The city hired William F. “Billy” Bell to design the new course. His father, William Park Bell, had been a famous Southwest golf course architect; when the elder Bell passed away in 1953, Billy completed his father’s unfinished plan for the legendary Torrey Pines course in San Diego. Living in Southern California, Bell only occasionally visited Phoenix and hired a local golf course architect, Arthur Jack Snyder, to direct construction. “Bell told the city, ‘Anything you don’t like, I’ll blame on Snyder,’” Phoenix golf course architect Forrest Richardson recounts. “Snyder responded that anything that came out great, he’d take credit for.”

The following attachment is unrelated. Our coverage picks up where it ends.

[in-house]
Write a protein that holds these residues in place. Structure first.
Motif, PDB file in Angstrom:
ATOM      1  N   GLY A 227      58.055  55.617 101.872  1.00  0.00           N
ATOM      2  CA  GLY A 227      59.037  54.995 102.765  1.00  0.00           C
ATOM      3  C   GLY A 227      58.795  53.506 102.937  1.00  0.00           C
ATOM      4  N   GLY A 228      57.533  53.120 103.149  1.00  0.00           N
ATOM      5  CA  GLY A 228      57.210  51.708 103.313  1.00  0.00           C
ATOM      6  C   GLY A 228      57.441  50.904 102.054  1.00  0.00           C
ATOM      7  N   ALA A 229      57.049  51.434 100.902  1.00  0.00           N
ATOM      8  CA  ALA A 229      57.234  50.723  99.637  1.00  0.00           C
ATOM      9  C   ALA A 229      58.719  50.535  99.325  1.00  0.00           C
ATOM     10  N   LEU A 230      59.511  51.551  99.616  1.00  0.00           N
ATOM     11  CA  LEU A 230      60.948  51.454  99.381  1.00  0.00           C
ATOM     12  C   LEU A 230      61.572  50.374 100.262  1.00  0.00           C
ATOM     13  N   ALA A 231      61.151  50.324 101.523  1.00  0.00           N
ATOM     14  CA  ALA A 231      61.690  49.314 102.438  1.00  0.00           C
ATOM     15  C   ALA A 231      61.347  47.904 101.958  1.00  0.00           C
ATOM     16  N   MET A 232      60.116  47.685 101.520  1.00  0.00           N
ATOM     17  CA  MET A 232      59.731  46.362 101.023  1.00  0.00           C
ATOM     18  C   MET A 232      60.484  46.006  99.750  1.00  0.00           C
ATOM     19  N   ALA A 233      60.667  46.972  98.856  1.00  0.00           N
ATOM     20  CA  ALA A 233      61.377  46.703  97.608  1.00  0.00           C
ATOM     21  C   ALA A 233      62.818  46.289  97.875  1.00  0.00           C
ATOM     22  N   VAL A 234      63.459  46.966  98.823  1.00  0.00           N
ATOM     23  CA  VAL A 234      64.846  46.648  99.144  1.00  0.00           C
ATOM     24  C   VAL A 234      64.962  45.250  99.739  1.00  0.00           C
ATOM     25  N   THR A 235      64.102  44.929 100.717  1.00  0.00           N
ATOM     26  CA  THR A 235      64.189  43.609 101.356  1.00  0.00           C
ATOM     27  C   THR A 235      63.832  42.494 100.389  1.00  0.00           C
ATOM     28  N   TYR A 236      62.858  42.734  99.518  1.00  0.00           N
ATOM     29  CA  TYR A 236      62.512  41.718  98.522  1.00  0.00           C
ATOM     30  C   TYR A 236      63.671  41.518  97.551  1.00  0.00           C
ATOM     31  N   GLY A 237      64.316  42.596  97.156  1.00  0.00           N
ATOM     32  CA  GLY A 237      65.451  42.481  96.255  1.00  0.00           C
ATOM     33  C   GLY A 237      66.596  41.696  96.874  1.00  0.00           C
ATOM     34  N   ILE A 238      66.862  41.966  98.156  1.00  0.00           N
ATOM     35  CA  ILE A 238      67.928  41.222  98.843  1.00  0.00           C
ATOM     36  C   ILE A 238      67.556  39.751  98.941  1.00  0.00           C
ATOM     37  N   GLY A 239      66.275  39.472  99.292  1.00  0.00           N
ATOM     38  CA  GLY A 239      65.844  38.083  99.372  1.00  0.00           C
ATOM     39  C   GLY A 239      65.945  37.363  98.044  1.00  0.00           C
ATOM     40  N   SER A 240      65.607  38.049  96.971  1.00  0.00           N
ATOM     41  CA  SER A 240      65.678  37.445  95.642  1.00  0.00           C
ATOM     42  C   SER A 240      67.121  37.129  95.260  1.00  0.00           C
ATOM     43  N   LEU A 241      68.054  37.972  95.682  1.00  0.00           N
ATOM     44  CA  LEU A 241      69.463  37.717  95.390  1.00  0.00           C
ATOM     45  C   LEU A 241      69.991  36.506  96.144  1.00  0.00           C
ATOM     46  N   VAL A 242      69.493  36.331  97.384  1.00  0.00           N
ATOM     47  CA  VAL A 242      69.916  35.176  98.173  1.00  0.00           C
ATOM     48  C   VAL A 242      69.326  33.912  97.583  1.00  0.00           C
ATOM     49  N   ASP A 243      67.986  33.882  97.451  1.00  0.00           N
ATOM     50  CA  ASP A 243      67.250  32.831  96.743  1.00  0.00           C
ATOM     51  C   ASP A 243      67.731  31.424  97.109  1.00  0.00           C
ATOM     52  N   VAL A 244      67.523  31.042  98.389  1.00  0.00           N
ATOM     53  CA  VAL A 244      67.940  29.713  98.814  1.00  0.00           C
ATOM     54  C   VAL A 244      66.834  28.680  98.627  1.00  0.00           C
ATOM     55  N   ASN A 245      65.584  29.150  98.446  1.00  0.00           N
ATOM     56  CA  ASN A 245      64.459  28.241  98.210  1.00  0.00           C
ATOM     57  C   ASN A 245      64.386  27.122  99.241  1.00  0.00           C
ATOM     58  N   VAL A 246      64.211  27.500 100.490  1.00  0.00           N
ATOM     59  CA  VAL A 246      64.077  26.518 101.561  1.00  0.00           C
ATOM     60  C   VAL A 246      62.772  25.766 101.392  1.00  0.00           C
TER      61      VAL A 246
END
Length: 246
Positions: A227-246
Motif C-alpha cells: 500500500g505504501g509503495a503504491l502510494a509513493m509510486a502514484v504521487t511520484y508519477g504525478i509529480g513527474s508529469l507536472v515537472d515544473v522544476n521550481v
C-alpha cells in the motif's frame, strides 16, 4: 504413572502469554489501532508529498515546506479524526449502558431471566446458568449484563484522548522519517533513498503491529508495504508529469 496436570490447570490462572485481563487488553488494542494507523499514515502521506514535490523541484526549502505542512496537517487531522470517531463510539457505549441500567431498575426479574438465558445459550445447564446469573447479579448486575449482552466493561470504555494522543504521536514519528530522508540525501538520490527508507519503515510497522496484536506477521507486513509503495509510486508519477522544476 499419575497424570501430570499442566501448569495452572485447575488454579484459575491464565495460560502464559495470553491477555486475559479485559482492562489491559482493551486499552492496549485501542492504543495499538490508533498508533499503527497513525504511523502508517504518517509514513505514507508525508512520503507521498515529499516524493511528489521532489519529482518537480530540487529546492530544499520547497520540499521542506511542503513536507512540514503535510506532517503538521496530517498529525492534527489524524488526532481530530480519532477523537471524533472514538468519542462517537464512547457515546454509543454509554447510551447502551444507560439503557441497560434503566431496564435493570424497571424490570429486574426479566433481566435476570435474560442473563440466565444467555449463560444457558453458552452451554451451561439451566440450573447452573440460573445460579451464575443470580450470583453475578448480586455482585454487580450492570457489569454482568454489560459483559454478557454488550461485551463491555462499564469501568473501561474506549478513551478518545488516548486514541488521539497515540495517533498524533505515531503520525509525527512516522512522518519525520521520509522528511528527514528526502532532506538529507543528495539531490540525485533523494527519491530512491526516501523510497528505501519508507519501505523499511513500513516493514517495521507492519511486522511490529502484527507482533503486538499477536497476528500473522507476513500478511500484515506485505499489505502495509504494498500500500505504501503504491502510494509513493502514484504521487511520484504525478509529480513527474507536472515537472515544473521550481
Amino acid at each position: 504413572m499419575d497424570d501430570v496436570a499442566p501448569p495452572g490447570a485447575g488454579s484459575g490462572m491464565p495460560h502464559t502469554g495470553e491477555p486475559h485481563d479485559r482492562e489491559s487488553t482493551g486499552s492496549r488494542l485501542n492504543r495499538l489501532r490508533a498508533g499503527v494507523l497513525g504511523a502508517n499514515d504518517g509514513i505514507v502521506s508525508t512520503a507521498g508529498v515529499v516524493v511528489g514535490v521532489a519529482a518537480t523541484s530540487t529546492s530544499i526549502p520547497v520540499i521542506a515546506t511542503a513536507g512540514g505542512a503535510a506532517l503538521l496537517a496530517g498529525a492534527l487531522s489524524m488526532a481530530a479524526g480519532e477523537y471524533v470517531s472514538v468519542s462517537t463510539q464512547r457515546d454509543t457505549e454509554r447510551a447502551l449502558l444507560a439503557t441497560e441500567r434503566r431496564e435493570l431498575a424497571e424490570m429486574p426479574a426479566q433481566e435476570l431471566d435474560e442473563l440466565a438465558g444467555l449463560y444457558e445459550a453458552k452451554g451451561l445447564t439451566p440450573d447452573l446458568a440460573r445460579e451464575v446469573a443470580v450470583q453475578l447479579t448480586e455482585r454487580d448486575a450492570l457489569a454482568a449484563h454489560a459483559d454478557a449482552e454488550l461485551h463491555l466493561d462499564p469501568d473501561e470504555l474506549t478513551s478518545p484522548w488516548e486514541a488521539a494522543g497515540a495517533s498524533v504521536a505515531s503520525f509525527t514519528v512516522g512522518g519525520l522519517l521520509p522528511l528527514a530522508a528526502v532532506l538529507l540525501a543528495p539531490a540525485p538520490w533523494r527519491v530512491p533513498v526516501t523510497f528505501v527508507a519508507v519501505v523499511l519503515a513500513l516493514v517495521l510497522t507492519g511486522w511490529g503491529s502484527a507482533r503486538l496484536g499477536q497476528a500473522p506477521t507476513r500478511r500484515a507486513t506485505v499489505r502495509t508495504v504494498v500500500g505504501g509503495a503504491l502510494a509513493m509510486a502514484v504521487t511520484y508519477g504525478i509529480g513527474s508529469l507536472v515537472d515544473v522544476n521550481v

After three years of construction, Papago Municipal Golf Course opened to acclaim on September 7, 1963. Everyone had an opinion about what made the course special. “Papago is challenging and beautiful,” local golfer Brian Waggle says. “Challenging in that each hole can be a bruiser, especially 16 through 18. It’s beautiful in that the course is a blend of traditional and desert golf and has enough elevation change to offer scenic views.”
“The best time to play is in the mid-late afternoon,” local golfer Drew Hassler says. “The heat has chased others away and you are alone with the course. You may be playing with some buddies, but in the quiet long shadows of the eucalyptus trees, it is you and Papago. The smell of the late afternoon sprinklers and finishing the last three holes at twilight is truly golf heaven.”